Who was “Miss A.M.B. Meakin”? Annette Mary Budgett Meakin was the daughter of Edward Meakin, a tea planter in India, and his wife Sarah, whose father Samuel Budgett, a Bristol merchant and pious Methodist, had been celebrated in a biography, The Successful Merchant (1852) which became a runaway bestseller, reaching a 43rd edition by 1878.

A portrait of Annette in her twenties (c.1890?).

Annette Meakin was born in 1867, so was 30 when she enrolled in Housman’s Latin class at University College London in 1897. She was already much-travelled, having lived in the Moroccan city of Tangiers for several years, and, after her return to England, she had studied music in London and Berlin. Just before Housman wrote his glowing reference, Annette and her mother left London to travel on the Trans-Siberian Railway, the first English women to do so. On reaching Vladivostok they went on to Japan to avoid the insurrections in China, and returned to England via North America; Meakin wrote about this round-the-world trip in The Ribbon of Iron (1901).

She also travelled to and wrote about Spain, Portugal and Russian Turkestan, and in Woman in Transition (1907) she compared the social and political position of women in several different countries. Meakin’s output also included Polyeuctes (1929), a translation of a play by the seventeenth-century dramatist Pierre Corneille; Inez de Castro (1930), a historical drama set in Portugal; and Nausikaa: A Love Story from Homer Done into English Verse (1926, rev. 1938), a translation of Book 6 of the Odyssey. Her final work, based on several years’ research in Germany, wasGoethe and Schiller, 1785–1805, The Story of a Friendship, a three-volume survey published in 1933. This talented and versatile woman knew several languages, including Latin, Greek, French, Spanish, Portuguese, German, and Russian.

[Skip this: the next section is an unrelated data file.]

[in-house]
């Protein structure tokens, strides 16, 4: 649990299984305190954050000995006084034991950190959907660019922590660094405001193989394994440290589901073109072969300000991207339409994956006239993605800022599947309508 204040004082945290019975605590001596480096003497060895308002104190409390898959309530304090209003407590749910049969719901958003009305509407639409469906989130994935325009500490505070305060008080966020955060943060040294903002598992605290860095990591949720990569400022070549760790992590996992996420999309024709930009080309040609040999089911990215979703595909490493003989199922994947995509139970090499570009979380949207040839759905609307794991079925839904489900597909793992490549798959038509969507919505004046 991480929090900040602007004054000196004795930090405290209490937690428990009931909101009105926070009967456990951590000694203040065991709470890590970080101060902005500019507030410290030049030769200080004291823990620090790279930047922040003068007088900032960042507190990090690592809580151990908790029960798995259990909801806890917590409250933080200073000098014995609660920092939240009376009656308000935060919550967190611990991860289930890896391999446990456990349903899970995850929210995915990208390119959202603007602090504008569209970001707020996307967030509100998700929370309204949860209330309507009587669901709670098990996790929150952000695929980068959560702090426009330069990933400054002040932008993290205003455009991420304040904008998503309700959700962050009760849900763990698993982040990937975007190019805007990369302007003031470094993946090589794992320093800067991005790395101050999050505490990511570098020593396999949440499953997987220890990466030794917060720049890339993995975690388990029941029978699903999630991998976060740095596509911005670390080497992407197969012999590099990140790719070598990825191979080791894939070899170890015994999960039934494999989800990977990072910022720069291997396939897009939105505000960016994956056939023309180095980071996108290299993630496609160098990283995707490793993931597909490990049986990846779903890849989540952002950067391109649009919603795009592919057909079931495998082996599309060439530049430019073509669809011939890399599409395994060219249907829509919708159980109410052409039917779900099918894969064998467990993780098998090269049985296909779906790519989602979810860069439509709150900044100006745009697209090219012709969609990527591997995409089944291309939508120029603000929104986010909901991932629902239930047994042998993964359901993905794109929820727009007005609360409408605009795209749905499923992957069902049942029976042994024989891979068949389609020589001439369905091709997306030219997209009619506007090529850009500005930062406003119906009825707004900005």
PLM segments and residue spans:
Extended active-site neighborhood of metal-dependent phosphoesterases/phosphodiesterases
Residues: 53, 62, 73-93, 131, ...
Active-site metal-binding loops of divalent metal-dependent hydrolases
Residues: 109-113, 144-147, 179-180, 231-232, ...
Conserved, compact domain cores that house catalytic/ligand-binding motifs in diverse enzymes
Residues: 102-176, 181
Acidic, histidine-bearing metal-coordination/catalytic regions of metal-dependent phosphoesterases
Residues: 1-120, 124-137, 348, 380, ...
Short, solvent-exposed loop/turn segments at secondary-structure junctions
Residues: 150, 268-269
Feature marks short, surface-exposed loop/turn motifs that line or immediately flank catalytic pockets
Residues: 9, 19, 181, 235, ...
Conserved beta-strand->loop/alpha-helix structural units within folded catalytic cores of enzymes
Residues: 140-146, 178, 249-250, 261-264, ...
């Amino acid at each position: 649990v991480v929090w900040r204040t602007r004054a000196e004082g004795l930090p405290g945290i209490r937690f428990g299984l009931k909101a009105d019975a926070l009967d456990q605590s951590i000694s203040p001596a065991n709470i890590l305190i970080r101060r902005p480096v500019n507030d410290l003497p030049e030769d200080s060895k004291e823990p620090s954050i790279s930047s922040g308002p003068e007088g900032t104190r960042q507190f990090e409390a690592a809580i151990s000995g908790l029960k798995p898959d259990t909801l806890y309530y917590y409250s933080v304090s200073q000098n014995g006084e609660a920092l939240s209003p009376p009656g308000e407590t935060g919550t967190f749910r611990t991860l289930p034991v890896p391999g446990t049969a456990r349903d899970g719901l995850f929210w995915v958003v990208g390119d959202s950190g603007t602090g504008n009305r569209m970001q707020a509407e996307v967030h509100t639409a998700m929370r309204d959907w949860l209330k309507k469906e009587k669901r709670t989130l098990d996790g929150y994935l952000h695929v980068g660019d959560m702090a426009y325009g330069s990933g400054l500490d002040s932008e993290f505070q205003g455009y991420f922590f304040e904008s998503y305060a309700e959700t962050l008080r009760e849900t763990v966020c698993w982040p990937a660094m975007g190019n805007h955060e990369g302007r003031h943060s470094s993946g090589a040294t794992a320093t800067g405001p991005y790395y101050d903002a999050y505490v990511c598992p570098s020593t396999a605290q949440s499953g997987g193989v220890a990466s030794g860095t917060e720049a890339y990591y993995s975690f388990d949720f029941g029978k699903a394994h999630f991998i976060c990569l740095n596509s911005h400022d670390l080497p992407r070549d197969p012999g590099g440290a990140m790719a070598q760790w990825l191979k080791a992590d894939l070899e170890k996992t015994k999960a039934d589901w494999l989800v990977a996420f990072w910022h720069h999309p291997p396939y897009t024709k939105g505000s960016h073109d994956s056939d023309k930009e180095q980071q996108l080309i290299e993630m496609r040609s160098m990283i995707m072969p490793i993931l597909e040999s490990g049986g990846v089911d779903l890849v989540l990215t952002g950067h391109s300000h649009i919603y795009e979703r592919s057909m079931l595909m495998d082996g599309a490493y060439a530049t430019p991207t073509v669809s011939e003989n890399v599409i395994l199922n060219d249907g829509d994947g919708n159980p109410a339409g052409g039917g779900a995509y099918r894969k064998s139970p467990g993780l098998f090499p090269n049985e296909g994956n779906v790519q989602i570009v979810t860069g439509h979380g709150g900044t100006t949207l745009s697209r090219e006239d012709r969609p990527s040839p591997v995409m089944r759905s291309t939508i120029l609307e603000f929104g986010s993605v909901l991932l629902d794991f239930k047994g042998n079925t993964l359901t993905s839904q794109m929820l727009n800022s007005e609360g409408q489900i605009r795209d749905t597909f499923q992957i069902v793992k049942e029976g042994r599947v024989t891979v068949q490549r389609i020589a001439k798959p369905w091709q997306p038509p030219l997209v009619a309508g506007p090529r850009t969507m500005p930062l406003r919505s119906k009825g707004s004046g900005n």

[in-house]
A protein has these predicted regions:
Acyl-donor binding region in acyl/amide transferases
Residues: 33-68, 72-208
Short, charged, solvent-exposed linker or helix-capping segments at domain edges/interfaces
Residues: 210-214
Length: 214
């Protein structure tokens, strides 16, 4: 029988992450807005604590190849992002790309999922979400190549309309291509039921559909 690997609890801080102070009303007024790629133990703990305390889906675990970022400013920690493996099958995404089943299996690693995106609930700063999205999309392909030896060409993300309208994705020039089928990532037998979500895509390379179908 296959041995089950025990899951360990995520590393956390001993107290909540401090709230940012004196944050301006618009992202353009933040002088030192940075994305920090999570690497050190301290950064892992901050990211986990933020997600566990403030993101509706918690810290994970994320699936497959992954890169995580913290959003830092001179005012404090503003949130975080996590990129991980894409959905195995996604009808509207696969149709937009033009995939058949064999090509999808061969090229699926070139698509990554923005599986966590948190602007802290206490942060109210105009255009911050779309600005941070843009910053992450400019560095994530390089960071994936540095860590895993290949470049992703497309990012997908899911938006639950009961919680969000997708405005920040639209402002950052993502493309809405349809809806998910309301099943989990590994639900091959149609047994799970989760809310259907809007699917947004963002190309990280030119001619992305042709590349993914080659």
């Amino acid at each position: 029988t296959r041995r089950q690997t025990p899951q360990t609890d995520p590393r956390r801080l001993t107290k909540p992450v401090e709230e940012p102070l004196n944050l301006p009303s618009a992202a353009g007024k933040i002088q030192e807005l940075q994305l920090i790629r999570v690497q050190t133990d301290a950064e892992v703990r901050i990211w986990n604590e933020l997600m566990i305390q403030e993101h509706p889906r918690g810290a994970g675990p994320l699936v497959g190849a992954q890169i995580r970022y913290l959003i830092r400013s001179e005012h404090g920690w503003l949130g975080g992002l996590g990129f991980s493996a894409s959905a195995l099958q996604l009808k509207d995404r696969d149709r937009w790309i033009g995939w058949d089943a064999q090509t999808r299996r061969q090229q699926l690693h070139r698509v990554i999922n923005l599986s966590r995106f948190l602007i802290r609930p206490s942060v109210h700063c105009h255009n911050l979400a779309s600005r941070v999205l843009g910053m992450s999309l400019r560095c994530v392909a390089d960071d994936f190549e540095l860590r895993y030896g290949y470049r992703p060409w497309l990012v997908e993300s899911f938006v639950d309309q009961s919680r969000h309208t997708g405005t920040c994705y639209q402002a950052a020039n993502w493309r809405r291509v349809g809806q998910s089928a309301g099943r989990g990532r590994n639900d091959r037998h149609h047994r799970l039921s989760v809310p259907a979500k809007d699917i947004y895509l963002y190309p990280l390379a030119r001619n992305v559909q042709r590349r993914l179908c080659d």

Annette (back row) and her mother (front row) in Japan in 1900.